It could be the perfect sport for our times: socially distanced, stress-free and for those lucky enough to live by the bay, very close to home.
So, it’s perhaps no surprise that the stand-up paddleboard craze sweeping post-lockdown Melbourne has made the outsized boards yet another hard-to-come-by item as demand outstrips supply.
Sharon Bourke (left) teaching Amber Sarda how to paddleboard at Brighton.Credit:Joe Armao
Instructor and competitive stand-up paddleboard racer Sharon Bourke has been teaching beginners to master their boards and the bay’s fickle winds since 2015 and says demand for her coaching sessions has surged since the city emerged from its COVID-19 lockdowns.
“It’s getting super popular,” Ms Bourke said.
“The attraction I think is, No.1, that people want to do something by themselves, they want to be independent. Once they get on the board, they’ve got freedom.”
Sharon Bourke (red top) teaching Amber Sarda how to paddleboard at Brighton beach.Credit:Joe Armao
Up the road in St Kilda, Stand Up Paddle Board HQ also reports a big uptick in interest in the sport, with demand for lessons from locals partially offsetting the absence of the overseas backpackers who were the main source of custom before COVID-19.
Instructor Kyle Smith said paddleboarding was accessible to all abilities and fitness levels and the relatively sheltered waters of Port Phillip Bay provided excellent conditions for riders.
“There’s a low barrier to entry, anybody can do it and it’s quite a relaxing activity, so it’s something that appeals to everybody, all ages, all shapes and sizes,” Mr Smith said.
“[The bay] does provide good conditions, especially in St Kilda, we’ve got the marina and the protection of the rock wall. It is Melbourne, so we do get a lot of variable weather, so it’s not always suitable, but it definitely helps.”
But if you’re after a decent hardboard or a good quality inflatable, conditions are less favourable.
Further down the bay, at Sunny King paddleboards, the state’s largest supplier of hardboards, owner Nick King said he could tell that stand-up paddleboards were going to get big in September 2020, in the depths of the city’s long second lockdown.
Sunny King’s sales soared by 280 per cent that month, as residents of bayside suburbs flocked to the water for their permitted exercise within their five-kilometre travel limit. Mr King said he was still selling about twice the number of boards he was before the pandemic.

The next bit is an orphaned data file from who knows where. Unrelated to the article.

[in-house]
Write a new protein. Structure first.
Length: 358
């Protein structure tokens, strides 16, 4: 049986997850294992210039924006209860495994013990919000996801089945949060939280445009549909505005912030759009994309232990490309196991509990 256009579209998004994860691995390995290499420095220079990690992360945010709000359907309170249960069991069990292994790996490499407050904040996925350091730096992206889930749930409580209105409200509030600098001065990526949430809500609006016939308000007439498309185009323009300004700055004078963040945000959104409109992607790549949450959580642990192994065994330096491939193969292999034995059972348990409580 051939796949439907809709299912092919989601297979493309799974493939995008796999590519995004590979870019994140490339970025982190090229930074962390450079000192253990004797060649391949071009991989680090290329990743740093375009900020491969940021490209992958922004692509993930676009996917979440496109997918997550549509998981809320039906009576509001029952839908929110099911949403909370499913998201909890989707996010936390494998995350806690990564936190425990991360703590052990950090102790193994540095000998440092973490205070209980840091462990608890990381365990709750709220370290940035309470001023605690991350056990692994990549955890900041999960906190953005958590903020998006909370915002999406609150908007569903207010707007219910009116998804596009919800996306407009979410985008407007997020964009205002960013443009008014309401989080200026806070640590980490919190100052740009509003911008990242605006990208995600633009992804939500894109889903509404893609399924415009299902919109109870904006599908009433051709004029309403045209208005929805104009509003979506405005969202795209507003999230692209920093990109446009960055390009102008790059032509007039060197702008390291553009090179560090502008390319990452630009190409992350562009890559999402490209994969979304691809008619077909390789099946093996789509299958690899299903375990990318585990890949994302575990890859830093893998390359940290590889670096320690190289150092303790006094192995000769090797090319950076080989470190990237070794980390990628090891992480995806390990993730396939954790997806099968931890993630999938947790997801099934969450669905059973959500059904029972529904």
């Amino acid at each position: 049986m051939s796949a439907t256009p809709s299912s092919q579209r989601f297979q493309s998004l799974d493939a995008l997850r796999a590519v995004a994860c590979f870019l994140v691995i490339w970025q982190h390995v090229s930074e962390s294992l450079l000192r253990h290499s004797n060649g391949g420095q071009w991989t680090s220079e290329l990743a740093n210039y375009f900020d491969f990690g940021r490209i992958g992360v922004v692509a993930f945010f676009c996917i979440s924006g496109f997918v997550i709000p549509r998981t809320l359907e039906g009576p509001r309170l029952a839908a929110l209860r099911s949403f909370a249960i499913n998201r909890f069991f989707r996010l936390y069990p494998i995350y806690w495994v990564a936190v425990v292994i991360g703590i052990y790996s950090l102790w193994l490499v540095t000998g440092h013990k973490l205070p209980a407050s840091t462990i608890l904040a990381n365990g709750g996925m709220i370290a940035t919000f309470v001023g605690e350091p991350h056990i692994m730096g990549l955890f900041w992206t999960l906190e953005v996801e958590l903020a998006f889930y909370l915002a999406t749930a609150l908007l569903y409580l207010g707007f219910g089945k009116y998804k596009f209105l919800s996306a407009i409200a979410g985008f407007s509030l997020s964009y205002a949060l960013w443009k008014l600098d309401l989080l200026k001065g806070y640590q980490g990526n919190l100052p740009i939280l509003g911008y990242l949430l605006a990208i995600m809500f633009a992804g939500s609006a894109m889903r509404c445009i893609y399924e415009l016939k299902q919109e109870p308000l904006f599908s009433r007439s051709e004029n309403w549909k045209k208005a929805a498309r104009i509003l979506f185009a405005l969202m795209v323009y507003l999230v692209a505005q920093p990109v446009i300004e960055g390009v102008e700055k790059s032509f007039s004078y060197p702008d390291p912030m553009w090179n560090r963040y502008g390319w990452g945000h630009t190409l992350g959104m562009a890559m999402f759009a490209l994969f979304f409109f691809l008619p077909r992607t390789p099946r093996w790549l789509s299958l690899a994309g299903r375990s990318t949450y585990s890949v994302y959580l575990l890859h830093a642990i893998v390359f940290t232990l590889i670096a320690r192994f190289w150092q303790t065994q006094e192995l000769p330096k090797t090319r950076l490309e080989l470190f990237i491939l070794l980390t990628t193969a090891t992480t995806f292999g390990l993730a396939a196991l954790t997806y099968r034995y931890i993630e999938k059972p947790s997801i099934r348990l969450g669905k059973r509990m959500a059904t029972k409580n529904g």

But that booming demand combined with the global supply chain crisis means newcomers to the sport might have to wait to get their hands on a good board.
Sunny King’s boards are made in Thailand from Australia foam, American resin, Kevlar and fibreglass and Canadian hand-pressed bamboo. With shipping costs doubled amid the supply crunch, getting boards to customers this summer was a logistical nightmare, Mr King said.
But the customers are keen.
“I had two shipments of boards come in just before Christmas, probably about 400 boards in there, and I reckon over 300 were pre-sold,” Mr King said.
You could always pick up a cheap inflatable board, but Mr King does not recommend taking to the water on a low-quality board.
“We get calls from people daily who have got these cheaper inflatables, and they’re absolute garbage that is just going to landfill,” he said.
“People say they just want to get into the sport, but they’re on this bouncy thing that’s falling apart, and you don’t want to be putting your kid out on the water on a board that’s falling apart.”
Even the secondhand market was very tight, Ms Bourke said.
“The secondhand [stand-up paddleboard] market is like the secondhand car market; people hanging on to them or if they’re selling, they’re selling them for a good price,” she said. “There’s very few secondhand boards for sale.”
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